It’s a mystery which he freely admits is still unfurling. The process of making ‘Things Are Great’ spun him round in a 180, with personal and stylistic shifts fundamentally altering his methodologies. “I had found, before this pandemic shit, that that my eye was best suited for repetition and structure,” he says. “But after the pandemic… it kind of messed me up, dude, in a way where I was like, I don’t want to do this. I don’t want to go into the damn room, and go through those barriers. I think now, it’s more on instinct.”

Of course, there’s a profoundly personal reason for these shifts – Ben Bridwell’s marriage ended during the making of the record, an experience he found incredibly difficult to navigate. “When you take children into account, I mean, it’s just absolutely brutal,” he sighs. “You hear about people’s divorces and shit, and it sounds like: okay, that’s probably terrible, right? But man, when you experience it for yourself – and please don’t ever, by the way – but man, it really threw me. For me, it turned my insides out.”

“I don’t think that suffering leads to good art because I was… I mean, just devastated. I mean, that’s part of why I didn’t work so much. I was just, like, mostly hanging out with my kids, y’know, crying and shit. So, it definitely provided some material to speak on. But I do not believe it was a productive thing to feel that amount of suffering.”

The pandemic, then, came at an opportune time. Able to spend unlimited amounts of time with his children, he was able to focus on being a father, just when that was most needed. “The space to be a person and to be with my kids has been really amazing and important and probably needed, in a way,” he reflects. “Maybe humans need to calm the fuck down. It’s been beneficial, in a way. But God I’m so looking forward to getting back to touring! We have a big operation, and I like to take care of my people, too. I like to make sure that my people are taken care of.”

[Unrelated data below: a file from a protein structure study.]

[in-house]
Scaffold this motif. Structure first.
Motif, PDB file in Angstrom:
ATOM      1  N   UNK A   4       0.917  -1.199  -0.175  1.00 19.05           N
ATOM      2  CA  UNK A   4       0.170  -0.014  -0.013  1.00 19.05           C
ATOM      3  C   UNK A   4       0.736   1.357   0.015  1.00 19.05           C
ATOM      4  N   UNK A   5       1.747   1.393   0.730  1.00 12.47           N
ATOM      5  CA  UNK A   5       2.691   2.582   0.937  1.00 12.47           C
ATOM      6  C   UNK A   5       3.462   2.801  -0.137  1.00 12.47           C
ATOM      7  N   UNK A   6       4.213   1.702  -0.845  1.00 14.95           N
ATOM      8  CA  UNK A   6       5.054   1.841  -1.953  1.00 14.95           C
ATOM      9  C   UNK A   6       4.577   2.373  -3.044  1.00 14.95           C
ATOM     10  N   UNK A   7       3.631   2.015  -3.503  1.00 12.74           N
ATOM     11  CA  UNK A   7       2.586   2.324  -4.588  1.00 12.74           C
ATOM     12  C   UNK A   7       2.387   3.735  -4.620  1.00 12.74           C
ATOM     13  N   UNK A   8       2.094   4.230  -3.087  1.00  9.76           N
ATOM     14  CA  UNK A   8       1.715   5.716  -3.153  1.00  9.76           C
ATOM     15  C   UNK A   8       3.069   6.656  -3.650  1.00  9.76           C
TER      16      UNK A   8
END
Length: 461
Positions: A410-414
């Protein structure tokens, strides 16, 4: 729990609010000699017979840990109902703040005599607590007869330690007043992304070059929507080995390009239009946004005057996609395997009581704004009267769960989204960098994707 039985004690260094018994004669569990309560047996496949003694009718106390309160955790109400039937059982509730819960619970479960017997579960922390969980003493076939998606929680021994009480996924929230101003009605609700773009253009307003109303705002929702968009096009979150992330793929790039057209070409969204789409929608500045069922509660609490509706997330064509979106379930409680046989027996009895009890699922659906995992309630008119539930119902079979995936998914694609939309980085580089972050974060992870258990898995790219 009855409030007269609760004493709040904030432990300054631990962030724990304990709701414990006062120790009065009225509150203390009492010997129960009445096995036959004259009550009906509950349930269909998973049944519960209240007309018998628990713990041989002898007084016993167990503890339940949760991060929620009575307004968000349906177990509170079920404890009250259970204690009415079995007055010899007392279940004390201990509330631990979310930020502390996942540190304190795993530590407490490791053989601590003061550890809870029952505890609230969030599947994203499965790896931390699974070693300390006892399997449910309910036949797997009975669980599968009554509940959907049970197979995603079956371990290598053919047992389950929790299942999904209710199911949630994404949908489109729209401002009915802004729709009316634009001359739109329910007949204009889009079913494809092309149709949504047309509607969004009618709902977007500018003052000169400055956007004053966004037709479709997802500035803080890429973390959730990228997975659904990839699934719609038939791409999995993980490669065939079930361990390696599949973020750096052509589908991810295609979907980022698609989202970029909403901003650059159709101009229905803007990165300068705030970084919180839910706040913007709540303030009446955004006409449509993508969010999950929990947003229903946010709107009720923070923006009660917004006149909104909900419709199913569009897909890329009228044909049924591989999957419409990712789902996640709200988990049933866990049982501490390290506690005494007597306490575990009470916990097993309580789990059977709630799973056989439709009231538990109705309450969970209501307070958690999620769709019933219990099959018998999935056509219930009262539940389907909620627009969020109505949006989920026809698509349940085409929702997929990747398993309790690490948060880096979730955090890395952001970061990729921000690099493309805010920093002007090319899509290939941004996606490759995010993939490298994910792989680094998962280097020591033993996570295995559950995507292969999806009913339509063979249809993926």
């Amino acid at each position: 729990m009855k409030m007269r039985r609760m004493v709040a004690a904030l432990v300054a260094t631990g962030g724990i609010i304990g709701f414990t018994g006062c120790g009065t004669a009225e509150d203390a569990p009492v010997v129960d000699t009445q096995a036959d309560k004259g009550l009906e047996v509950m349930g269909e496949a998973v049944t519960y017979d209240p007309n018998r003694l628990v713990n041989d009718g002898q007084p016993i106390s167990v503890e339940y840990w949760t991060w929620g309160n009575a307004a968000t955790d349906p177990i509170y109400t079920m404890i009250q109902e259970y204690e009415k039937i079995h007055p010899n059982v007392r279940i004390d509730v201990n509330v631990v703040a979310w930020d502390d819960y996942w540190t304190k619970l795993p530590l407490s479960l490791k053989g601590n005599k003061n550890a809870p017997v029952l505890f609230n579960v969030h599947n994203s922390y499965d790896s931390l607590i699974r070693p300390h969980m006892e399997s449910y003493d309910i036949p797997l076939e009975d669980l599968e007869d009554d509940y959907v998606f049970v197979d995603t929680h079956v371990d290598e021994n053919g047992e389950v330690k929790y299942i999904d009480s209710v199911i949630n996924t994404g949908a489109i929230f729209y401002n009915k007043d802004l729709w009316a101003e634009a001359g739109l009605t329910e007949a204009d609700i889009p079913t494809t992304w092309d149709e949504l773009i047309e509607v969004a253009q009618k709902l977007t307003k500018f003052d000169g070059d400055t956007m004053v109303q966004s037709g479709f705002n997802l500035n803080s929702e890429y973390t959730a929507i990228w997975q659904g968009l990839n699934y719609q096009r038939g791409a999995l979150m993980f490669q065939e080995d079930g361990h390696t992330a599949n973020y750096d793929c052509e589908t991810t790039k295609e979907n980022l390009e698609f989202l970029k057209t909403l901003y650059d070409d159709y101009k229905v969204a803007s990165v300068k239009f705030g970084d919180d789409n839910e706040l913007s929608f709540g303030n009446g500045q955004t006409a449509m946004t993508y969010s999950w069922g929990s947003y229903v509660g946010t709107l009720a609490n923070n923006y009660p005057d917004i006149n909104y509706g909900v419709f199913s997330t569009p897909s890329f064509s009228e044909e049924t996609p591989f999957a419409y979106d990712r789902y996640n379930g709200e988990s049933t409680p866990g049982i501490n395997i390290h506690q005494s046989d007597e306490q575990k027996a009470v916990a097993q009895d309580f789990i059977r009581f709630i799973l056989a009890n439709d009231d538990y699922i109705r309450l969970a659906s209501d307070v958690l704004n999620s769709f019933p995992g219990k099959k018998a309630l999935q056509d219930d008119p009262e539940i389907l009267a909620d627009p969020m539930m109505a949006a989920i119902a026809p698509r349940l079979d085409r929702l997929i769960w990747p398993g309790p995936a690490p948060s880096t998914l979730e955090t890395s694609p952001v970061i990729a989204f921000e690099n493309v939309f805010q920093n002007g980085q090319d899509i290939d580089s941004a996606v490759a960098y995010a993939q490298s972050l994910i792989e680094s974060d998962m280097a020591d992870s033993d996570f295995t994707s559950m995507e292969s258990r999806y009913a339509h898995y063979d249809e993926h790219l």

“The sheer act of performing, and the exercise that goes into that, keeps me alive,” he says. “I mean, not just metaphorically. It actually keeps my heart pumping faster. I get to sweat out the toxins, and I get to exorcise the demons.”

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Indeed, the topic of songwriting seems to bring out Ben’s deepest passions, veering from blunt rhetoric through to some sweetly poetic answers. Honing in on the creative act, he’s almost lost for words before describing the act of songwriting as “retracing a dream that I don’t actually remember dreaming.”

The over-riding feeling, though, is one of relief. “We actually got the record done finally, which felt like an eternity in itself. It was done right before the pandemic hits. We’re like, Oh, snap. So now we’ve been waiting for two years to release it!”

Out now, the process of constructing ‘Things Are Great’ taught its maker some key lessons, both about music, and the way he approaches life. “I think this record taught me to talk the way I talk. Don’t be afraid to tell the story as you see it,” he says. “But also think of it as his, hers, and the truth. You know, you got to take three sides of the story in a play when there’s such a harrowing story on display. I can’t be so selfish as to control the narrative.”

“But also, making the record taught me not to be afraid to say fuck, and to say shit, and to talk the way I talk. And I know, it might sound funny, but saying fuck and shit, the way I talk… but can I just fucking talk the way I fucking talk?! And I think that was really important!”

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‘Things Are Great’ is out now.

Words: Robin Murray